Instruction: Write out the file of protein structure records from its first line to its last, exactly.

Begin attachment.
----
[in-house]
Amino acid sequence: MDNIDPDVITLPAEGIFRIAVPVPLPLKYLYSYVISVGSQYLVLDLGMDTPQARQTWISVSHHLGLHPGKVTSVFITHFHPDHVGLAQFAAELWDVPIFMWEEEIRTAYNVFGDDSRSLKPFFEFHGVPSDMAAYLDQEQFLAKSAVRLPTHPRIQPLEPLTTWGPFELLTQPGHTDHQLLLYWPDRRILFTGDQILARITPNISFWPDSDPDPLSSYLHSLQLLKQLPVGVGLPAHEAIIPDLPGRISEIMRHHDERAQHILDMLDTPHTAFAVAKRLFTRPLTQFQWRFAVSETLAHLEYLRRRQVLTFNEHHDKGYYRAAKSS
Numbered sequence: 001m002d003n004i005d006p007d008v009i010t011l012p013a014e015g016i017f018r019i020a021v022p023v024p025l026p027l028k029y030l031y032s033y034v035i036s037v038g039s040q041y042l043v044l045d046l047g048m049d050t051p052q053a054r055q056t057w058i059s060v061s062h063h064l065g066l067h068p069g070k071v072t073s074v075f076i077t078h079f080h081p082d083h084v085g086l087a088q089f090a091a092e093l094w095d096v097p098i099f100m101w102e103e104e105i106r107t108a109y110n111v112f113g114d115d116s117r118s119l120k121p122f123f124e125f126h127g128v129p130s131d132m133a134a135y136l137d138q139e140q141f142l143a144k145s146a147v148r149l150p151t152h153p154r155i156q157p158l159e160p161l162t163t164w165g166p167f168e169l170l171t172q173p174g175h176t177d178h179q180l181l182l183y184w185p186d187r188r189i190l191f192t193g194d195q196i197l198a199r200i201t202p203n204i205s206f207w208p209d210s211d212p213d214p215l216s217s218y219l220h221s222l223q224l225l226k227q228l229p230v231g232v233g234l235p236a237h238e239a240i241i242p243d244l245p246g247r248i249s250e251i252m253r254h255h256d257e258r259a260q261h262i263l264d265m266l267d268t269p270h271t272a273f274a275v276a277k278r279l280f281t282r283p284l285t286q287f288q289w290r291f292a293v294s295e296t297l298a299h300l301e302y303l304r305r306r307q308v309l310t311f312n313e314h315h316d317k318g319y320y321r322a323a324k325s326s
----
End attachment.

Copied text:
[in-house]
Amino acid sequence: MDNIDPDVITLPAEGIFRIAVPVPLPLKYLYSYVISVGSQYLVLDLGMDTPQARQTWISVSHHLGLHPGKVTSVFITHFHPDHVGLAQFAAELWDVPIFMWEEEIRTAYNVFGDDSRSLKPFFEFHGVPSDMAAYLDQEQFLAKSAVRLPTHPRIQPLEPLTTWGPFELLTQPGHTDHQLLLYWPDRRILFTGDQILARITPNISFWPDSDPDPLSSYLHSLQLLKQLPVGVGLPAHEAIIPDLPGRISEIMRHHDERAQHILDMLDTPHTAFAVAKRLFTRPLTQFQWRFAVSETLAHLEYLRRRQVLTFNEHHDKGYYRAAKSS
Numbered sequence: 001m002d003n004i005d006p007d008v009i010t011l012p013a014e015g016i017f018r019i020a021v022p023v024p025l026p027l028k029y030l031y032s033y034v035i036s037v038g039s040q041y042l043v044l045d046l047g048m049d050t051p052q053a054r055q056t057w058i059s060v061s062h063h064l065g066l067h068p069g070k071v072t073s074v075f076i077t078h079f080h081p082d083h084v085g086l087a088q089f090a091a092e093l094w095d096v097p098i099f100m101w102e103e104e105i106r107t108a109y110n111v112f113g114d115d116s117r118s119l120k121p122f123f124e125f126h127g128v129p130s131d132m133a134a135y136l137d138q139e140q141f142l143a144k145s146a147v148r149l150p151t152h153p154r155i156q157p158l159e160p161l162t163t164w165g166p167f168e169l170l171t172q173p174g175h176t177d178h179q180l181l182l183y184w185p186d187r188r189i190l191f192t193g194d195q196i197l198a199r200i201t202p203n204i205s206f207w208p209d210s211d212p213d214p215l216s217s218y219l220h221s222l223q224l225l226k227q228l229p230v231g232v233g234l235p236a237h238e239a240i241i242p243d244l245p246g247r248i249s250e251i252m253r254h255h256d257e258r259a260q261h262i263l264d265m266l267d268t269p270h271t272a273f274a275v276a277k278r279l280f281t282r283p284l285t286q287f288q289w290r291f292a293v294s295e296t297l298a299h300l301e302y303l304r305r306r307q308v309l310t311f312n313e314h315h316d317k318g319y320y321r322a323a324k325s326s